The only figure in the Dictionary of National Biography who is said never to have existed, Robin Hood has taken on an air of reality few historical figures achieve. His image in various guises has been put to use as a subject of ballads, nationalist rallying point, Disney cartoon fox, greenclad figure of farce, tabloid fodder, and template for petty criminals and progressive political candidates alike.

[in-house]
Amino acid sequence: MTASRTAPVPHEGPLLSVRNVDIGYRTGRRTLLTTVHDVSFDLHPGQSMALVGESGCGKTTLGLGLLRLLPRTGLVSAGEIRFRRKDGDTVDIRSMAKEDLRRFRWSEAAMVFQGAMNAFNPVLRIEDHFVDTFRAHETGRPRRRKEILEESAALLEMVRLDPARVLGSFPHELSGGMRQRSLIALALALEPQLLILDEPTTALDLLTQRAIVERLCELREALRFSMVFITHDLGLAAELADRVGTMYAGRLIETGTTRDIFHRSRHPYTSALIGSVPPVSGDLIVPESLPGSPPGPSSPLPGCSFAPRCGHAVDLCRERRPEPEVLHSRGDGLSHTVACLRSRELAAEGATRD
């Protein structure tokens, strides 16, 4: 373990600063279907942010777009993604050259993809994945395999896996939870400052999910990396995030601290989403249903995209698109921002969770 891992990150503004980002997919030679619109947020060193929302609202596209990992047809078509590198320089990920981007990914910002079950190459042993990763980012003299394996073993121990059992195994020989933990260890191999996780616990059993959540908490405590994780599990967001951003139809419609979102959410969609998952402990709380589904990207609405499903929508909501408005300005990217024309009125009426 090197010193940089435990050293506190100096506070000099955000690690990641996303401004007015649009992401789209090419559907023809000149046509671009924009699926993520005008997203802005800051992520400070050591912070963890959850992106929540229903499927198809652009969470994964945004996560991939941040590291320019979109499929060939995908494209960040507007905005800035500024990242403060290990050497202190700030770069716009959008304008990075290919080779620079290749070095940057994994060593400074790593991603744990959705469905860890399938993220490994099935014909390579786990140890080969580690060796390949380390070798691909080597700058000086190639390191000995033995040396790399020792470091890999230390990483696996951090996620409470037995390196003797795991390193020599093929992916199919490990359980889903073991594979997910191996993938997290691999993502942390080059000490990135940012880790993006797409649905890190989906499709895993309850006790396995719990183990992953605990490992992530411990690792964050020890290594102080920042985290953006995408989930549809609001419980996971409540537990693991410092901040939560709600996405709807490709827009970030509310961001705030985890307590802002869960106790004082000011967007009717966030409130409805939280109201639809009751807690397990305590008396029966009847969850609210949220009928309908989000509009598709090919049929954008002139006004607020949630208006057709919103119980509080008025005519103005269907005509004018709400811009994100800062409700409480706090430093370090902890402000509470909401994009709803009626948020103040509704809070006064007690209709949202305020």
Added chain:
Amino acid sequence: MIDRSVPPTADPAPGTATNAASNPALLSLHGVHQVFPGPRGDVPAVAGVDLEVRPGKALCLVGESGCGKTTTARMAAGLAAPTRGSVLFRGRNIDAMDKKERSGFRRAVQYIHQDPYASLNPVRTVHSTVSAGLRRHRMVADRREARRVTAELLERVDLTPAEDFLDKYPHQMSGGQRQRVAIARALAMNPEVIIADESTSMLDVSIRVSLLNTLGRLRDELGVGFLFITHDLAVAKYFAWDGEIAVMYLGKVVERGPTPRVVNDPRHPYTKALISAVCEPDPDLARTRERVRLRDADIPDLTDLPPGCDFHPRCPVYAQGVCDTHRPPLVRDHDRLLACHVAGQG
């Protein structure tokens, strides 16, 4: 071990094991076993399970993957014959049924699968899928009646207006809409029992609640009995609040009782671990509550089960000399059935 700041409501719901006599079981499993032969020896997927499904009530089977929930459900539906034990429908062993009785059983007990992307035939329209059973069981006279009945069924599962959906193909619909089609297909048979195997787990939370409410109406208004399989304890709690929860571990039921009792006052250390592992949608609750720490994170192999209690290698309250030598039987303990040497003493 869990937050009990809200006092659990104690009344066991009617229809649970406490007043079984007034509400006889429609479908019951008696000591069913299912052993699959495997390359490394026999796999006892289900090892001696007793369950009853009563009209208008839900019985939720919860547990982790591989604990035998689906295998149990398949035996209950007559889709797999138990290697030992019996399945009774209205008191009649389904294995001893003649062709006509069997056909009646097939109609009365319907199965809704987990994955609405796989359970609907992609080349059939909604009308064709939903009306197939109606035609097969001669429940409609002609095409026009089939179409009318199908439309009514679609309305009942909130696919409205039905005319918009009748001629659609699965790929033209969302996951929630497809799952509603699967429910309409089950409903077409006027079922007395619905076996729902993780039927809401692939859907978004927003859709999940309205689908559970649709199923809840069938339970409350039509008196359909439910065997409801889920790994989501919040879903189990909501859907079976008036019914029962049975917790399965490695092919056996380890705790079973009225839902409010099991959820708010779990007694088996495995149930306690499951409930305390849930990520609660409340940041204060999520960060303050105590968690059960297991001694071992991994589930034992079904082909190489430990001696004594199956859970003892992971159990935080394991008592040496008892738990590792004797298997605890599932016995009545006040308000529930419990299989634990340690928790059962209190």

In this engaging and deeply informed book Stephen Knight looks at the different manifestations of Robin Hood at different times and places in a mythic biography with a thematic structure. The best way to get at the essence of the Robin Hood myth, Knight believes, is in terms not of chronological and generic progression but of the purposes served by heroes. Each of the book's four central chapters identifies a particular model of the hero, mythic or biographic, which dominated in certain periods and in certain genres, and explores their interrelations, their implications, and their historical and sociopolitical contexts.